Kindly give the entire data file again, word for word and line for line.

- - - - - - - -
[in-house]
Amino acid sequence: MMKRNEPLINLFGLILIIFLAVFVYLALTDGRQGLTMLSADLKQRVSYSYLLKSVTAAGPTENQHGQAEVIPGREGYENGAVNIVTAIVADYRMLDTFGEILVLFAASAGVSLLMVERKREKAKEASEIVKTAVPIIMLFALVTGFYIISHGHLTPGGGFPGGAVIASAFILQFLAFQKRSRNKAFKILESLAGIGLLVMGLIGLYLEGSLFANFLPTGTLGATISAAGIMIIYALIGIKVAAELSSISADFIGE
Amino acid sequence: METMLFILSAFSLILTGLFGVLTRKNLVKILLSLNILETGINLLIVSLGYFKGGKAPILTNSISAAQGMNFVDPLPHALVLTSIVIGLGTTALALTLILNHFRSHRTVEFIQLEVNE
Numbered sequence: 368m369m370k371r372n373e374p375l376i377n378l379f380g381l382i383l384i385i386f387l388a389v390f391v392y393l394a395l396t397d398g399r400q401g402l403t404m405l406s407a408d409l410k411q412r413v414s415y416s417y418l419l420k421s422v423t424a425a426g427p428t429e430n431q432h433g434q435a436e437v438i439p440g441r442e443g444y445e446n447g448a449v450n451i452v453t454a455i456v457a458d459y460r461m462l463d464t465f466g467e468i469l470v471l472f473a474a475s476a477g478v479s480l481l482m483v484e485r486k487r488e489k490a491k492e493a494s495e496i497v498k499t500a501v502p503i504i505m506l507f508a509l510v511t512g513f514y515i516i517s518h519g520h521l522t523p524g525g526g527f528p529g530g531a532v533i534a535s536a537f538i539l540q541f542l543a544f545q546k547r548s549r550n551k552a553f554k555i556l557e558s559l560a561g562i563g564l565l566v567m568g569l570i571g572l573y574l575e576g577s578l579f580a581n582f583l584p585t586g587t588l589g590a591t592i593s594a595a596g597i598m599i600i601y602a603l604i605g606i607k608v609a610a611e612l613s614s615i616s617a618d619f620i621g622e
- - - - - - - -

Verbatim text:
[in-house]
Amino acid sequence: MMKRNEPLINLFGLILIIFLAVFVYLALTDGRQGLTMLSADLKQRVSYSYLLKSVTAAGPTENQHGQAEVIPGREGYENGAVNIVTAIVADYRMLDTFGEILVLFAASAGVSLLMVERKREKAKEASEIVKTAVPIIMLFALVTGFYIISHGHLTPGGGFPGGAVIASAFILQFLAFQKRSRNKAFKILESLAGIGLLVMGLIGLYLEGSLFANFLPTGTLGATISAAGIMIIYALIGIKVAAELSSISADFIGE
Amino acid sequence: METMLFILSAFSLILTGLFGVLTRKNLVKILLSLNILETGINLLIVSLGYFKGGKAPILTNSISAAQGMNFVDPLPHALVLTSIVIGLGTTALALTLILNHFRSHRTVEFIQLEVNE
Numbered sequence: 368m369m370k371r372n373e374p375l376i377n378l379f380g381l382i383l384i385i386f387l388a389v390f391v392y393l394a395l396t397d398g399r400q401g402l403t404m405l406s407a408d409l410k411q412r413v414s415y416s417y418l419l420k421s422v423t424a425a426g427p428t429e430n431q432h433g434q435a436e437v438i439p440g441r442e443g444y445e446n447g448a449v450n451i452v453t454a455i456v457a458d459y460r461m462l463d464t465f466g467e468i469l470v471l472f473a474a475s476a477g478v479s480l481l482m483v484e485r486k487r488e489k490a491k492e493a494s495e496i497v498k499t500a501v502p503i504i505m506l507f508a509l510v511t512g513f514y515i516i517s518h519g520h521l522t523p524g525g526g527f528p529g530g531a532v533i534a535s536a537f538i539l540q541f542l543a544f545q546k547r548s549r550n551k552a553f554k555i556l557e558s559l560a561g562i563g564l565l566v567m568g569l570i571g572l573y574l575e576g577s578l579f580a581n582f583l584p585t586g587t588l589g590a591t592i593s594a595a596g597i598m599i600i601y602a603l604i605g606i607k608v609a610a611e612l613s614s615i616s617a618d619f620i621g622e